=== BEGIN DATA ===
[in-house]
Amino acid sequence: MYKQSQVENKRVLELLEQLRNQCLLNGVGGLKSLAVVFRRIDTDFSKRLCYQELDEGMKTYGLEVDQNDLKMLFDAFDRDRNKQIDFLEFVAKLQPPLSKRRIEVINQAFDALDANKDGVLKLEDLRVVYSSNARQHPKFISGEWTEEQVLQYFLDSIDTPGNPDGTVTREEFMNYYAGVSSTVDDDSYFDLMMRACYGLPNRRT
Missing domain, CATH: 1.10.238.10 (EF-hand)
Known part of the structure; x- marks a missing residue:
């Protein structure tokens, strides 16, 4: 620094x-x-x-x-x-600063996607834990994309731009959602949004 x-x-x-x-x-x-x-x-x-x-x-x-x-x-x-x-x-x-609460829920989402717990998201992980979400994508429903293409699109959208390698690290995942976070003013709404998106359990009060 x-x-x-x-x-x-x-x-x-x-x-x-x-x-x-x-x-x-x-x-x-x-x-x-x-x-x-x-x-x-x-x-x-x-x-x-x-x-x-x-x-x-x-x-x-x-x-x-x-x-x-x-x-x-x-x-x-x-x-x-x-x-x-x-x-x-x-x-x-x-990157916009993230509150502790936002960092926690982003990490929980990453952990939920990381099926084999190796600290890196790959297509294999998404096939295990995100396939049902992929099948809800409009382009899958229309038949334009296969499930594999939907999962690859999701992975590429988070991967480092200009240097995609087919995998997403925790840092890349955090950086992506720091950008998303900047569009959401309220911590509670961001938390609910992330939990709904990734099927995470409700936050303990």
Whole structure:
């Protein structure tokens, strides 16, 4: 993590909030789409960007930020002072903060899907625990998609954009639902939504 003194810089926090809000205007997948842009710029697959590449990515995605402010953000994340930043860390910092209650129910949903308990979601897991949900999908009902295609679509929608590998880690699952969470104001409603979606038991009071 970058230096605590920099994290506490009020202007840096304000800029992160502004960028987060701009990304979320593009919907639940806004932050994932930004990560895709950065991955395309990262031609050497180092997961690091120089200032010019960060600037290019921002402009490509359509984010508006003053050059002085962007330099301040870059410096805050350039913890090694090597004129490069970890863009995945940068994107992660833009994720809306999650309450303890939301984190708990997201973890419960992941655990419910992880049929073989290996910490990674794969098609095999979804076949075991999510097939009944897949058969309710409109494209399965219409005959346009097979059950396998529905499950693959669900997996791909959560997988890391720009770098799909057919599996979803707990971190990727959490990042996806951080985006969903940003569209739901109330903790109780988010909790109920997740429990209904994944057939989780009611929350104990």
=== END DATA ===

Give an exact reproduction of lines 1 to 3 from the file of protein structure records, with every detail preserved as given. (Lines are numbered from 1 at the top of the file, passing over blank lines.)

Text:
[in-house]
Amino acid sequence: MYKQSQVENKRVLELLEQLRNQCLLNGVGGLKSLAVVFRRIDTDFSKRLCYQELDEGMKTYGLEVDQNDLKMLFDAFDRDRNKQIDFLEFVAKLQPPLSKRRIEVINQAFDALDANKDGVLKLEDLRVVYSSNARQHPKFISGEWTEEQVLQYFLDSIDTPGNPDGTVTREEFMNYYAGVSSTVDDDSYFDLMMRACYGLPNRRT
Missing domain, CATH: 1.10.238.10 (EF-hand)